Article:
The assertion in the Post’s lead editorial that “broad-based support should remain Mr. Bush’s critical goal as he contemplates the replacement of” O’Connor is also an (un)worthy contender, as Senate Democrats have amply demonstrated that they will not support anyone who understands that the Constitution leaves the vast bulk of issues to be decided by American citizens through their state and federal representatives.

But the grand winner is the loopy assertion in that same editorial that justices like Scalia “insist on using the bench as a kind of pulpit for a larger war over American law and society,” display “a lack of modesty and a grandiose conception of the judicial function,” and “imagine themselves” to “be heroes.” The Post has it entirely backwards: There is no justice on the Court with a more modest conception of the judicial role than Scalia. As five or six of his colleagues have used the Court to entrench the Left’s agenda on the ongoing culture war, Scalia has time after time explained that the Constitution leaves these matters to the democratic processes to decide. He has embraced principles rooted in the Constitution–rather than manipulable multi-factored balancing tests–that would constrain justices and thereby reduce the Court’s power. It is the Left, by contrast, that pushes justices to imagine themselves to be heroes.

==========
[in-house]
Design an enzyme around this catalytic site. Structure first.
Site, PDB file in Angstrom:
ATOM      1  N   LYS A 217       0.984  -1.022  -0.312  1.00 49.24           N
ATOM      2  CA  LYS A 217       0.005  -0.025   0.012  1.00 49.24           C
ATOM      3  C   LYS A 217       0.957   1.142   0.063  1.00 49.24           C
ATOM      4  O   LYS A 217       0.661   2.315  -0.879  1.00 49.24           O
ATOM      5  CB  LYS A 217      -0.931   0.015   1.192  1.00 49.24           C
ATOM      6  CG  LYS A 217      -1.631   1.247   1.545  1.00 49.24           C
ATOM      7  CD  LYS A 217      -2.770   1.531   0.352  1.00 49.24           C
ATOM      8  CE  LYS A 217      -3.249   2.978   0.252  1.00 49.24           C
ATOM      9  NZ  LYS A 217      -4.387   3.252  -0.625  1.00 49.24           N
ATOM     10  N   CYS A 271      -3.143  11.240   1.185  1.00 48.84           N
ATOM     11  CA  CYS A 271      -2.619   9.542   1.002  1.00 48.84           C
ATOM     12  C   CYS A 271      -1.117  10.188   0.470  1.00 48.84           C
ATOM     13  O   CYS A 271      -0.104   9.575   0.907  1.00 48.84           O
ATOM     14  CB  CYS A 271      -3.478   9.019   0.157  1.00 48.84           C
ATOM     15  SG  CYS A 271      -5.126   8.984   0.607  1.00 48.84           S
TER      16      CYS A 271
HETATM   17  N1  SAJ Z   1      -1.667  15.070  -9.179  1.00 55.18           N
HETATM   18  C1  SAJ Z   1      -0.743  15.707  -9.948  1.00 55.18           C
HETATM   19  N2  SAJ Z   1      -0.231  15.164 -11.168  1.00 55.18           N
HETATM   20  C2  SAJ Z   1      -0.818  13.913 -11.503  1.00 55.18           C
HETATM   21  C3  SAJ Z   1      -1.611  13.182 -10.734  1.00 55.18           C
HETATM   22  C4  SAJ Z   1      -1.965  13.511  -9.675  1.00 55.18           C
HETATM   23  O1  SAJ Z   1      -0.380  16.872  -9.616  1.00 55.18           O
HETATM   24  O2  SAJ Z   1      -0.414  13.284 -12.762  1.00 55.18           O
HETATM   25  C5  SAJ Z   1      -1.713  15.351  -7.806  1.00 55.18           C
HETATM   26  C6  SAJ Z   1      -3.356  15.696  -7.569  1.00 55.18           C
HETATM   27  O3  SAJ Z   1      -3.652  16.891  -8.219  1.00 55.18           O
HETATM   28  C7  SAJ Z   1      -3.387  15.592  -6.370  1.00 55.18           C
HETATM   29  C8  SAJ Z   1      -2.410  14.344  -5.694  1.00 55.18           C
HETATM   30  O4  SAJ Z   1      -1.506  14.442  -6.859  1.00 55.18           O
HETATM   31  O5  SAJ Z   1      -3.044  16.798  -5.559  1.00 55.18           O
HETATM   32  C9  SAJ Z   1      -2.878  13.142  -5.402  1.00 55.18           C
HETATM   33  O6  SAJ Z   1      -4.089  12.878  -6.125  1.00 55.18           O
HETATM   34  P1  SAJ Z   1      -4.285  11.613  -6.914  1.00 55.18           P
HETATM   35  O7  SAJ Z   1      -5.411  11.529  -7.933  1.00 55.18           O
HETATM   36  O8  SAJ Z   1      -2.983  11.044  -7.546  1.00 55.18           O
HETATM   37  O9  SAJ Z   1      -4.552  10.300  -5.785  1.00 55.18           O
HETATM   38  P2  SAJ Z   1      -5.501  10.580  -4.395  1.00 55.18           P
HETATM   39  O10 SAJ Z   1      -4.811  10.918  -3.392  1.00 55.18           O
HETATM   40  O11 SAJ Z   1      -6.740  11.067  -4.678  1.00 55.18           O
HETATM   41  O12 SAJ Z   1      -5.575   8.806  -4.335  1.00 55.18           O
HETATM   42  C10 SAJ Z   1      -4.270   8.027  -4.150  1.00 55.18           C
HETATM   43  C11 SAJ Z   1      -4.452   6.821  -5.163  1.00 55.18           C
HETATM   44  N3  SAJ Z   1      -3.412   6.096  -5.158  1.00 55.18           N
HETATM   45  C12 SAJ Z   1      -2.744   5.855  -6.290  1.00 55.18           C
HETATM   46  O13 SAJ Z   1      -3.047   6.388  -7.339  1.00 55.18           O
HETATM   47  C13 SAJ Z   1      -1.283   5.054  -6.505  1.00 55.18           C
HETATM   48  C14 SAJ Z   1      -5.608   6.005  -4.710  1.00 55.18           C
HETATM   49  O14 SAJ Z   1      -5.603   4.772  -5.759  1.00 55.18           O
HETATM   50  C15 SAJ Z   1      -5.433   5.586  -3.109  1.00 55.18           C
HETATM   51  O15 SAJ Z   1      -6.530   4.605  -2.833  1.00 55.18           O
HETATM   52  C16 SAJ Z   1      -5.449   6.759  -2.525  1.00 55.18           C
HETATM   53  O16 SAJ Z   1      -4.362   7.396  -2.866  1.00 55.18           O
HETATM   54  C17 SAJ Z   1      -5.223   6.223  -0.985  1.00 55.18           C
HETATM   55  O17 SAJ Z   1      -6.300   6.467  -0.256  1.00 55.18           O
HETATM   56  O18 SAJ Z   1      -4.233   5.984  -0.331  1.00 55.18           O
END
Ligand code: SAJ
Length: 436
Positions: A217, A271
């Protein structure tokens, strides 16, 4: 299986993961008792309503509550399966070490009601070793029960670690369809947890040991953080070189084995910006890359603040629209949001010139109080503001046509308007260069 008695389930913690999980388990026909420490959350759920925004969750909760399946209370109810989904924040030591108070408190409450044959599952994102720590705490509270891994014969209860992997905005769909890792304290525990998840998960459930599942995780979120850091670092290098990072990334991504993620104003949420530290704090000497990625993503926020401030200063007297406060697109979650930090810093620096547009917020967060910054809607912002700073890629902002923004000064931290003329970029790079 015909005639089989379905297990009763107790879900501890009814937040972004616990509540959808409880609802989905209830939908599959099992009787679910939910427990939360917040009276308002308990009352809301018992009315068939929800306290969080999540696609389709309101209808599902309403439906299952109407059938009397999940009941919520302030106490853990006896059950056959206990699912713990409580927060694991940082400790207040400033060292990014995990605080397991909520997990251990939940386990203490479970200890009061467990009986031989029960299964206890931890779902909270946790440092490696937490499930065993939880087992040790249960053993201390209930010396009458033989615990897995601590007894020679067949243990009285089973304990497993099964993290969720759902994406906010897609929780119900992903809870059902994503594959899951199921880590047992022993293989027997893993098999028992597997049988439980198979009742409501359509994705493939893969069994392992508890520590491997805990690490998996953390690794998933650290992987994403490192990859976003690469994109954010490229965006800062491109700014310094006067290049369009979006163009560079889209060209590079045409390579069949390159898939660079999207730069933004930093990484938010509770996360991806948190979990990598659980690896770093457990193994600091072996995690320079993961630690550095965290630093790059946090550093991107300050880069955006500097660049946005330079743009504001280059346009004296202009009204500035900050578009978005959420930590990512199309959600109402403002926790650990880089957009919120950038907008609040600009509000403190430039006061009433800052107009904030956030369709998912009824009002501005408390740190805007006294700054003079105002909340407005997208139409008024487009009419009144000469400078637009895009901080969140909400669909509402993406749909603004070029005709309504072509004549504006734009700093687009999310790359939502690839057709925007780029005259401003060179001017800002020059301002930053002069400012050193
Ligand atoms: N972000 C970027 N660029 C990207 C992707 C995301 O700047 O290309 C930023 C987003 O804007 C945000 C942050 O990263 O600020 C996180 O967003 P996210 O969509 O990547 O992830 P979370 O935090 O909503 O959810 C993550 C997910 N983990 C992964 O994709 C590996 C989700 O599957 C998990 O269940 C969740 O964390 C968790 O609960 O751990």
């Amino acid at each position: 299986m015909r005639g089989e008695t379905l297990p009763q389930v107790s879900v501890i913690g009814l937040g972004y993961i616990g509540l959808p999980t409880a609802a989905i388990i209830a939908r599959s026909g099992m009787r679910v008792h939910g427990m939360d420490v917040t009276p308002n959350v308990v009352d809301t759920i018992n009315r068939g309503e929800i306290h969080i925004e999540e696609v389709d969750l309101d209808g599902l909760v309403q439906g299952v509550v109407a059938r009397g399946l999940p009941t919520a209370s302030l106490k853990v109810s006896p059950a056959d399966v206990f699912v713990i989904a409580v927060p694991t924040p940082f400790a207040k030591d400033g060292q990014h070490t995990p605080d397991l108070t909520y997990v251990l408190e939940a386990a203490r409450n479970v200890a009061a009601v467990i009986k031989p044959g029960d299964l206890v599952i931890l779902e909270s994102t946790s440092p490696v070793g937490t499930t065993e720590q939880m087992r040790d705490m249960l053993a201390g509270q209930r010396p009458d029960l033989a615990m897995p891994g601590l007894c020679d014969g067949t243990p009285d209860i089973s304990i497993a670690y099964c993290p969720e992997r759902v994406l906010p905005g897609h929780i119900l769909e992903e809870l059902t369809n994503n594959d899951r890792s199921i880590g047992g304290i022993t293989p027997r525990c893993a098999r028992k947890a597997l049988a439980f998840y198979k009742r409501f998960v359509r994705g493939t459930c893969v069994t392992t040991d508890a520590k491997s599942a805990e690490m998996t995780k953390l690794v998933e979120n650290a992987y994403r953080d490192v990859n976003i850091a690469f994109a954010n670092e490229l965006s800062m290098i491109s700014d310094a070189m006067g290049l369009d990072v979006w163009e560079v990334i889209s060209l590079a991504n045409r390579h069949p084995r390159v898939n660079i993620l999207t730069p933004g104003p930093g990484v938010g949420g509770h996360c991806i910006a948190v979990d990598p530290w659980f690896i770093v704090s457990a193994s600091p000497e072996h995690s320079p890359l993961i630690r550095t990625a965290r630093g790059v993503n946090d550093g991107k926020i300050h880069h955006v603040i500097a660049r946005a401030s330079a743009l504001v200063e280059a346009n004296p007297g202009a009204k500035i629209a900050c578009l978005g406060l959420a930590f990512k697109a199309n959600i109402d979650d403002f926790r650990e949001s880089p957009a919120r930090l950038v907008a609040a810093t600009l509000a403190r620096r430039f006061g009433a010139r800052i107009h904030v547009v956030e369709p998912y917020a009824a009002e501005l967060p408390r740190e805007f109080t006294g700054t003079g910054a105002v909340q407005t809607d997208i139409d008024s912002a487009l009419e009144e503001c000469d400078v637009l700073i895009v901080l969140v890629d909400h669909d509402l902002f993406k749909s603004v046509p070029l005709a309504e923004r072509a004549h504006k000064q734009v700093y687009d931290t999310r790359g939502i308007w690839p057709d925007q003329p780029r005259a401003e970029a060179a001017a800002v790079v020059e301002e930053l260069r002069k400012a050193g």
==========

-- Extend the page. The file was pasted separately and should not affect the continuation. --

Bill Kristol Has to Be Wrong


He said on Fox News Sunday and just repeated on FNC that the White House wants to make Gonzales chief justice when Rehnquist resigns. That the White House Counsel’s office is studying the recusal problems.

Go with Whatever Novak Says, Or Follow the K-Lo Indicator


Chief Justice Rehnquist, seen leaving his house this morning, had his Nike hat on again. For him to know and us to find out, eh? We’ve figured out his signalling. He’s well, he’s not resigning.

People for the American Way Is the Little Guy?


That’s certainly the impression the Washington Post leaves you with today.

Coronate Her!